A Minimum 10-Year Follow-up of Posterior Dynamic Stabilization Using Graf Artificial Ligament

    loading  Checking for direct PDF access through Ovid


Study Design.A retrospective long-term follow-up study.Objectives.To report minimum 10-year follow-up results of posterior dynamic stabilization using Graf artificial ligament and to evaluate the role and limitations of this procedure in the treatment of degenerative lumbar disorders.Summary of Background.Motion-preserving surgeries, including artificial disc replacement and ligamentoplasty, are increasingly gaining interest to avoid adverse effects of spinal fusion, but literature addressing long-term results is sparse.Methods.A total of 56 consecutive patients who underwent Graf ligamentoplasty were reviewed at a minimum 10-year follow-up. Forty-three patients in the original cohort had sufficient clinical and radiographic follow-up for analysis. The pathologies included degenerative spondylolisthesis in 23 patients, disc herniation with flexion instability in 13 patients, spinal stenosis with flexion instability in 4 patients, and degenerative scoliosis in 3 patients. Single-level procedures were performed in 36 patients; multilevel procedures were performed in 7 patients. Radiographic and clinical assessments were performed before surgery and at the final follow-up.Results.Disability due to low back pain and/or sciatic symptoms was significantly improved in the patients with degenerative spondylolisthesis or flexion instability. However, degenerative scoliosis and/or laterolisthesis were associated with poor clinical improvement. In radiographic assessment, segmental lordosis was maintained in 10.9°, and flexion-extension motion was averaged 3.6° at the final follow-up. Facet arthrodesis eventually occurred in 14 patients (32.6%) at an average of 82 months after surgery. Additional surgeries were required in 3 patients (7.0%) for adjacent segment pathologies.Conclusion.The long-term results showed that Graf ligamentoplasty is an effective treatment option for low-grade degenerative spondylolisthesis and flexion instability. However, this procedure has limitations to correct spinal deformity, and is not advocated for the treatment of degenerative scoliosis and laterolisthesis.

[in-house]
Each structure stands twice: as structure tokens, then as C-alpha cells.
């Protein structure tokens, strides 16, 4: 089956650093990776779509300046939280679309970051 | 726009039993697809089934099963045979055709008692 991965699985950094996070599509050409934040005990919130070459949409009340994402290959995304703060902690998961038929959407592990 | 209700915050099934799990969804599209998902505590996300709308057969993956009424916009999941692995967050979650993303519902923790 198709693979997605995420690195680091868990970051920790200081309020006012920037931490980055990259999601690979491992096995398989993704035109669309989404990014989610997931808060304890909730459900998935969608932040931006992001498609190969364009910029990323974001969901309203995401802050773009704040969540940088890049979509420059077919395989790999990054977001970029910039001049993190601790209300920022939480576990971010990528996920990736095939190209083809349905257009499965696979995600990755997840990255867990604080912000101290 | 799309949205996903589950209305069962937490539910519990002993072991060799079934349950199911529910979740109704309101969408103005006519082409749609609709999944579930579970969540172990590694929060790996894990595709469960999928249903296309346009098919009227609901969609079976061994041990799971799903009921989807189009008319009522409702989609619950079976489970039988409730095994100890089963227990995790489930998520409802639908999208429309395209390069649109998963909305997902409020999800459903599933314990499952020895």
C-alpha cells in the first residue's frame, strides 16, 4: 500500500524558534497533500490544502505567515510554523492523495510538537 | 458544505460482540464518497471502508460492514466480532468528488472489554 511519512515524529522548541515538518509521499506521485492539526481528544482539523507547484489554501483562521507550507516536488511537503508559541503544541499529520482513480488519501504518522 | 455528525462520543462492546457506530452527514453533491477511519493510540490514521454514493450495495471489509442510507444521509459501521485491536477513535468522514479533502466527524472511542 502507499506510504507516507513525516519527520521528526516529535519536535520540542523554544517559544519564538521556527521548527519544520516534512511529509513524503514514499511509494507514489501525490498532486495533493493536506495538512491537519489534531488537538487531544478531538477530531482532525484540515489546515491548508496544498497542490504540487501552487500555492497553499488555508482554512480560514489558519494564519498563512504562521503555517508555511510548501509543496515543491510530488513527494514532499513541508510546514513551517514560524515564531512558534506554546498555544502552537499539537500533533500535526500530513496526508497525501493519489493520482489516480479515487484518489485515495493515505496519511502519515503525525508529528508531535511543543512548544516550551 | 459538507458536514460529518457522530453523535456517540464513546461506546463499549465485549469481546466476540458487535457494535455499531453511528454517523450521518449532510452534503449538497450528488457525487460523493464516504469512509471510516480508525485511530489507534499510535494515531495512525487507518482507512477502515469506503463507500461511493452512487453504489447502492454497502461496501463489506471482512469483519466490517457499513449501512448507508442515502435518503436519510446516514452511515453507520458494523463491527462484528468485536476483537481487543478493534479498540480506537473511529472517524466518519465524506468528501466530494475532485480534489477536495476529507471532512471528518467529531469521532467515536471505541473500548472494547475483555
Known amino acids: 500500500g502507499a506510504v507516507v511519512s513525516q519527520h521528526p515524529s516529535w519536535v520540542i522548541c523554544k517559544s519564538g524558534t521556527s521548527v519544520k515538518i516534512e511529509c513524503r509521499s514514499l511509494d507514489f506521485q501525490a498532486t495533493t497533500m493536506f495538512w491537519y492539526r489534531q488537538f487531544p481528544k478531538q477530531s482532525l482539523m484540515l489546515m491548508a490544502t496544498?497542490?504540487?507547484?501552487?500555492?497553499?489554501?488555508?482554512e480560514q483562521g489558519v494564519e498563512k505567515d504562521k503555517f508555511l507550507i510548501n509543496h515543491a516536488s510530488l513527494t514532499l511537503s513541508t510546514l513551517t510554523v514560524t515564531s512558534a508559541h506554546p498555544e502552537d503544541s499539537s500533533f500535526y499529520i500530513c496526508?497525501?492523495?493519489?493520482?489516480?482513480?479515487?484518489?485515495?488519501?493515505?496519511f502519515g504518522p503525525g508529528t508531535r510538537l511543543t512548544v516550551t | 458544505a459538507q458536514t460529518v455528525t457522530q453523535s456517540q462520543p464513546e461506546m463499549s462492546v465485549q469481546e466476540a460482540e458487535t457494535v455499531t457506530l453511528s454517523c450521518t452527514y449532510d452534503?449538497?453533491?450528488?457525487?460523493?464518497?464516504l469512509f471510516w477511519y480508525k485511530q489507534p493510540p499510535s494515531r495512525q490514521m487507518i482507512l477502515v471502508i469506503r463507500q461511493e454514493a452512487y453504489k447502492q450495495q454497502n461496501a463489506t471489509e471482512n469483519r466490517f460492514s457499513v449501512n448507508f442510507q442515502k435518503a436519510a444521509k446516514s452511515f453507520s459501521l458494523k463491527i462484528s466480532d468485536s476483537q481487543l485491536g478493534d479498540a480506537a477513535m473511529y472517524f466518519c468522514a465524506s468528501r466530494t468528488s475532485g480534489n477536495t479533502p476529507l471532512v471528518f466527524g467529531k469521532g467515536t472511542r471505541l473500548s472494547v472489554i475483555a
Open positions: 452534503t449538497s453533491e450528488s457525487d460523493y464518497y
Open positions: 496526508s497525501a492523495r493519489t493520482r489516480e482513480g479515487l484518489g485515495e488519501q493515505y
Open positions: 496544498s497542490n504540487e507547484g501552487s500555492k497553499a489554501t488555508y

loading  Loading Related Articles